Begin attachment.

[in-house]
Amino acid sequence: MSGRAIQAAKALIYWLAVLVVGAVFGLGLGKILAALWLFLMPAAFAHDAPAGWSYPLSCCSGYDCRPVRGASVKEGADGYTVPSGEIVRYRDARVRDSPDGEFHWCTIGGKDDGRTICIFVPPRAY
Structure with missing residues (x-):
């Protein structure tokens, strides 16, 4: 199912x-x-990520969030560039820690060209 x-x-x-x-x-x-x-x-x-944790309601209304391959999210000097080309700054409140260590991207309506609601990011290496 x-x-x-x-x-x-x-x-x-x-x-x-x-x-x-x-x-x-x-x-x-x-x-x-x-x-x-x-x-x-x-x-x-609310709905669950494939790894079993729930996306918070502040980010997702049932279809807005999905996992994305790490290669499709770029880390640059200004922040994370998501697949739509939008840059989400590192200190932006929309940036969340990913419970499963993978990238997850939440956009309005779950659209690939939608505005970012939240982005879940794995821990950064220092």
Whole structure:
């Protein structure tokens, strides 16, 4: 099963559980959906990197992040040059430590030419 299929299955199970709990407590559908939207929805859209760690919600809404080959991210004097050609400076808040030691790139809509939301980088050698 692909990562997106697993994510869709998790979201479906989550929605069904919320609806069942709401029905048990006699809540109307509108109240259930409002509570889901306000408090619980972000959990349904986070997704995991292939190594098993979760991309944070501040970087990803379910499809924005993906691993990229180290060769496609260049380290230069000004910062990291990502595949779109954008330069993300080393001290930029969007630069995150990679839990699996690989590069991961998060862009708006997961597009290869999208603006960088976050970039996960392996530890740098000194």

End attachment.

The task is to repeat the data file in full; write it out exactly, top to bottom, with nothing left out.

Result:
[in-house]
Amino acid sequence: MSGRAIQAAKALIYWLAVLVVGAVFGLGLGKILAALWLFLMPAAFAHDAPAGWSYPLSCCSGYDCRPVRGASVKEGADGYTVPSGEIVRYRDARVRDSPDGEFHWCTIGGKDDGRTICIFVPPRAY
Structure with missing residues (x-):
């Protein structure tokens, strides 16, 4: 199912x-x-990520969030560039820690060209 x-x-x-x-x-x-x-x-x-944790309601209304391959999210000097080309700054409140260590991207309506609601990011290496 x-x-x-x-x-x-x-x-x-x-x-x-x-x-x-x-x-x-x-x-x-x-x-x-x-x-x-x-x-x-x-x-x-609310709905669950494939790894079993729930996306918070502040980010997702049932279809807005999905996992994305790490290669499709770029880390640059200004922040994370998501697949739509939008840059989400590192200190932006929309940036969340990913419970499963993978990238997850939440956009309005779950659209690939939608505005970012939240982005879940794995821990950064220092």
Whole structure:
């Protein structure tokens, strides 16, 4: 099963559980959906990197992040040059430590030419 299929299955199970709990407590559908939207929805859209760690919600809404080959991210004097050609400076808040030691790139809509939301980088050698 692909990562997106697993994510869709998790979201479906989550929605069904919320609806069942709401029905048990006699809540109307509108109240259930409002509570889901306000408090619980972000959990349904986070997704995991292939190594098993979760991309944070501040970087990803379910499809924005993906691993990229180290060769496609260049380290230069000004910062990291990502595949779109954008330069993300080393001290930029969007630069995150990679839990699996690989590069991961998060862009708006997961597009290869999208603006960088976050970039996960392996530890740098000194």